Author(s): Carson HS, Colbert SL, Kaylor MJ, McDermid KJ
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Abstract We investigated the physical properties of beaches contaminated with plastic fragments. We compared sediment cores from Hawai'i Island's Kamilo Beach, notable for plastic accumulation, to cores from a nearby beach. Compared to the nearby beach, Kamilo sediments contained more plastics (up to 30.2\% by weight), were coarser-grained, and were more permeable (t-test, p<0.0001). 85\% of the fragments were polyethylene, and 95\% were concentrated in the top 15 cm of the cores. We constructed artificial cores of standardized grain size and varying plastic-to-sediment ratios. Adding plastic significantly increased the permeability (ANOVA, p=0.002), which was partially attributed to the fragments increasing the mean grain size. Sediments with plastic warmed more slowly (16\% maximum decrease in thermal diffusivity), and reached lower maximum temperatures (21\% maximum increase in heat capacity). These changes have a variety of potential effects on beach organisms, including those with temperature-dependent sex-determination such as sea turtle eggs. Copyright © 2011 Elsevier Ltd. All rights reserved.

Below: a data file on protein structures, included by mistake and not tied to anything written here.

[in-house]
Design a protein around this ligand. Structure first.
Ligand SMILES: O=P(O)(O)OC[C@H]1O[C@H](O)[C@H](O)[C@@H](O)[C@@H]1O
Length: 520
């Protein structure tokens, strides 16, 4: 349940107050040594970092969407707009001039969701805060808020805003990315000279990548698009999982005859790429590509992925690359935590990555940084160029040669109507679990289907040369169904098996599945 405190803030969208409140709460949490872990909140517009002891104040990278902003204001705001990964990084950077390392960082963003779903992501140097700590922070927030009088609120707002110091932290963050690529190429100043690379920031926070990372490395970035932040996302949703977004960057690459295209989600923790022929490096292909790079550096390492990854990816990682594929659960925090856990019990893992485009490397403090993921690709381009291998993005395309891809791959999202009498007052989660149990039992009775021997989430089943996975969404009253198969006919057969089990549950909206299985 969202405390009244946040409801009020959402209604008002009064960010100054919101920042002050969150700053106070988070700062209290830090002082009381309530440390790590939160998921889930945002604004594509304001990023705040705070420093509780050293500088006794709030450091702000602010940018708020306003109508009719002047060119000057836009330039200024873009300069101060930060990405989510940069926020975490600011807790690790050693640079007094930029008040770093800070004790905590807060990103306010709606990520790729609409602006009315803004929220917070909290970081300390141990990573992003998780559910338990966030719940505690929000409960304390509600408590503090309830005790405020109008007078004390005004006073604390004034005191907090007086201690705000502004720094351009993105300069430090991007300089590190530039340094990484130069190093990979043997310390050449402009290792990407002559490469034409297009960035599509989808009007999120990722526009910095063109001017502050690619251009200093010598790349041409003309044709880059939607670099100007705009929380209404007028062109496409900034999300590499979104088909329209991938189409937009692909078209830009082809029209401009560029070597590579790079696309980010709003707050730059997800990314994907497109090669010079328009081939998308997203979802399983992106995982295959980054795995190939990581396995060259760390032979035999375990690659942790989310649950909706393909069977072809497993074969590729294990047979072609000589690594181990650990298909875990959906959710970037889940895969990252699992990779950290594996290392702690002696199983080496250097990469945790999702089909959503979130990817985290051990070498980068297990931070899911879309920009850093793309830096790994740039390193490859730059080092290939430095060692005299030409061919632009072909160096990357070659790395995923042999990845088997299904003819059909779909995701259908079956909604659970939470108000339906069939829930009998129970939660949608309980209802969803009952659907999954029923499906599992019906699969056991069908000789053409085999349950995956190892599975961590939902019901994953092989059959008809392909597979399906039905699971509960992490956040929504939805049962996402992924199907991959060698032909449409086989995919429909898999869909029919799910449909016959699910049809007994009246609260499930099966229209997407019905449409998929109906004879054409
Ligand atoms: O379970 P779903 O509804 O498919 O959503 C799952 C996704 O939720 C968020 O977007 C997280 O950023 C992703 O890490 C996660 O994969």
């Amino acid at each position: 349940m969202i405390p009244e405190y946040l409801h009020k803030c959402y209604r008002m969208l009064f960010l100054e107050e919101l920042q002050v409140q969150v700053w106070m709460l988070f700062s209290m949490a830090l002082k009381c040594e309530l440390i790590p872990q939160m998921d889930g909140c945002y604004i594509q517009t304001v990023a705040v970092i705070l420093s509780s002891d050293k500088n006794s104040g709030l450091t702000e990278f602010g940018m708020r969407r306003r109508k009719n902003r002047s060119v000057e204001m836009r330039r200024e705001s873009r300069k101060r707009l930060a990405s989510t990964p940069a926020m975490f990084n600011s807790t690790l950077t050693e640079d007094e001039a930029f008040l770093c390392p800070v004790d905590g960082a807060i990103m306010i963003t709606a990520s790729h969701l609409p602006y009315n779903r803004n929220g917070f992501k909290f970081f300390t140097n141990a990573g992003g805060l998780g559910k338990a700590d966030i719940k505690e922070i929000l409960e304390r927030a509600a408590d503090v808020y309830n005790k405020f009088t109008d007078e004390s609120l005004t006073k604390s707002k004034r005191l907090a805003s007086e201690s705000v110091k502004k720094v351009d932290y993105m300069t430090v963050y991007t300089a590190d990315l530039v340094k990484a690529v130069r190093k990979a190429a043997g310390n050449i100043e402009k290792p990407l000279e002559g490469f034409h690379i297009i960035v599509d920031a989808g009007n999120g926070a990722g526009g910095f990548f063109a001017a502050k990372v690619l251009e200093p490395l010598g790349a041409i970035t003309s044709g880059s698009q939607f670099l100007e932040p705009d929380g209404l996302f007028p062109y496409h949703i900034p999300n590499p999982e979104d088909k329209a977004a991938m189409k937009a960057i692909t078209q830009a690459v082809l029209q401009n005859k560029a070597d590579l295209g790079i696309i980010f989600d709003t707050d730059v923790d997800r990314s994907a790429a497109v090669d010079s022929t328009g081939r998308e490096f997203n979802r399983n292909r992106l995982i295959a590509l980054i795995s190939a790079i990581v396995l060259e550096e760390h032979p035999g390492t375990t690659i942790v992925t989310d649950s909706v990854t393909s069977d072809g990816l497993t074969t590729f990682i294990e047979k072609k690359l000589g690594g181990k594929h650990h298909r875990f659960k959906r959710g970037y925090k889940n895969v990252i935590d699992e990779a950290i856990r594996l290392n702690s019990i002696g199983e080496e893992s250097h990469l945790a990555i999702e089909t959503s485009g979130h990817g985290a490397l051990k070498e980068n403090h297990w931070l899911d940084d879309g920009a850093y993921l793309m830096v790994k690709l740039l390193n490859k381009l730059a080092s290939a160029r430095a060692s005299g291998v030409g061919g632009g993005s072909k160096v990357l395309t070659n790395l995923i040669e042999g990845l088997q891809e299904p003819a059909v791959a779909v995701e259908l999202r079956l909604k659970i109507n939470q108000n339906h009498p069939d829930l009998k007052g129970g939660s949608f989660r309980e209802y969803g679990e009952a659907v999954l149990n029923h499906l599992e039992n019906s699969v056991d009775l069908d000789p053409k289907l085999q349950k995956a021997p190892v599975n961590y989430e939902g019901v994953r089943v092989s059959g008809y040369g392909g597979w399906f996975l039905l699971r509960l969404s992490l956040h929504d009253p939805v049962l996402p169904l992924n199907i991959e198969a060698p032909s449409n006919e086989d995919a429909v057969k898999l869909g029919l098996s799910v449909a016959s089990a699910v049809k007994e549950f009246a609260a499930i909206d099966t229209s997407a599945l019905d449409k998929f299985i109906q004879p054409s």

This article was published in Mar Pollut Bull
and referenced in Journal of Marine Science: Research & Development